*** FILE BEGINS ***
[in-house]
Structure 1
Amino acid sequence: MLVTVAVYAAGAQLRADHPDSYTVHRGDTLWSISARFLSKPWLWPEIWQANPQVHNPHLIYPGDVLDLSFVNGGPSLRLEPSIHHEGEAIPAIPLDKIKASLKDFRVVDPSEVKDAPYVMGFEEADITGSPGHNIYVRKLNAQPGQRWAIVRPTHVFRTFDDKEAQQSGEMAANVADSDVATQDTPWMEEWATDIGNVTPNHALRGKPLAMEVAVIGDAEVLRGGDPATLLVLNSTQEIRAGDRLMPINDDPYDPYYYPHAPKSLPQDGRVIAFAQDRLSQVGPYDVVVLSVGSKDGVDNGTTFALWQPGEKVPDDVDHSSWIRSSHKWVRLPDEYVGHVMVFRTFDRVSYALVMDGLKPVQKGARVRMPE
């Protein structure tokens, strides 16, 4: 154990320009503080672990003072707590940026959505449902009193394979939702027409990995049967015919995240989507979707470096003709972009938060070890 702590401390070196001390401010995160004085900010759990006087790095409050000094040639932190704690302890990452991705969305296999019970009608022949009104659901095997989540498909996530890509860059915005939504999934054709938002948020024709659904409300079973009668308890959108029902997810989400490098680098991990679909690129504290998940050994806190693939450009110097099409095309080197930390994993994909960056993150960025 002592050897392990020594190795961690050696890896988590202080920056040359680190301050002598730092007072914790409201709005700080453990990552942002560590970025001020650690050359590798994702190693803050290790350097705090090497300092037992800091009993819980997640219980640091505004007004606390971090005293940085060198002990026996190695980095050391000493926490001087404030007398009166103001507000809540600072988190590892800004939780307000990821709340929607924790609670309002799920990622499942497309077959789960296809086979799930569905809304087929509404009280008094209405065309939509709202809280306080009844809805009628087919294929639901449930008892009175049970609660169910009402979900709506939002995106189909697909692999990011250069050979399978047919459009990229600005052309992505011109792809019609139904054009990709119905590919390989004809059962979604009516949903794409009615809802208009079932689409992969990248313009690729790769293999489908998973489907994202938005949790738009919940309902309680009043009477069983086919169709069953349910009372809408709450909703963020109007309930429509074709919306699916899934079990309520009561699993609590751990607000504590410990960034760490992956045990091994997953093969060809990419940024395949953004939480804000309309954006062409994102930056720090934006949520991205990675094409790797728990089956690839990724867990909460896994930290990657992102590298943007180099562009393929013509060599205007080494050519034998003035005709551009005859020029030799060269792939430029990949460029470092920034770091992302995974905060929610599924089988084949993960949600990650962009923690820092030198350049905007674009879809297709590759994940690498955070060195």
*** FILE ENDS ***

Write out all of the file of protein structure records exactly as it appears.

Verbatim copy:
[in-house]
Structure 1
Amino acid sequence: MLVTVAVYAAGAQLRADHPDSYTVHRGDTLWSISARFLSKPWLWPEIWQANPQVHNPHLIYPGDVLDLSFVNGGPSLRLEPSIHHEGEAIPAIPLDKIKASLKDFRVVDPSEVKDAPYVMGFEEADITGSPGHNIYVRKLNAQPGQRWAIVRPTHVFRTFDDKEAQQSGEMAANVADSDVATQDTPWMEEWATDIGNVTPNHALRGKPLAMEVAVIGDAEVLRGGDPATLLVLNSTQEIRAGDRLMPINDDPYDPYYYPHAPKSLPQDGRVIAFAQDRLSQVGPYDVVVLSVGSKDGVDNGTTFALWQPGEKVPDDVDHSSWIRSSHKWVRLPDEYVGHVMVFRTFDRVSYALVMDGLKPVQKGARVRMPE
């Protein structure tokens, strides 16, 4: 154990320009503080672990003072707590940026959505449902009193394979939702027409990995049967015919995240989507979707470096003709972009938060070890 702590401390070196001390401010995160004085900010759990006087790095409050000094040639932190704690302890990452991705969305296999019970009608022949009104659901095997989540498909996530890509860059915005939504999934054709938002948020024709659904409300079973009668308890959108029902997810989400490098680098991990679909690129504290998940050994806190693939450009110097099409095309080197930390994993994909960056993150960025 002592050897392990020594190795961690050696890896988590202080920056040359680190301050002598730092007072914790409201709005700080453990990552942002560590970025001020650690050359590798994702190693803050290790350097705090090497300092037992800091009993819980997640219980640091505004007004606390971090005293940085060198002990026996190695980095050391000493926490001087404030007398009166103001507000809540600072988190590892800004939780307000990821709340929607924790609670309002799920990622499942497309077959789960296809086979799930569905809304087929509404009280008094209405065309939509709202809280306080009844809805009628087919294929639901449930008892009175049970609660169910009402979900709506939002995106189909697909692999990011250069050979399978047919459009990229600005052309992505011109792809019609139904054009990709119905590919390989004809059962979604009516949903794409009615809802208009079932689409992969990248313009690729790769293999489908998973489907994202938005949790738009919940309902309680009043009477069983086919169709069953349910009372809408709450909703963020109007309930429509074709919306699916899934079990309520009561699993609590751990607000504590410990960034760490992956045990091994997953093969060809990419940024395949953004939480804000309309954006062409994102930056720090934006949520991205990675094409790797728990089956690839990724867990909460896994930290990657992102590298943007180099562009393929013509060599205007080494050519034998003035005709551009005859020029030799060269792939430029990949460029470092920034770091992302995974905060929610599924089988084949993960949600990650962009923690820092030198350049905007674009879809297709590759994940690498955070060195």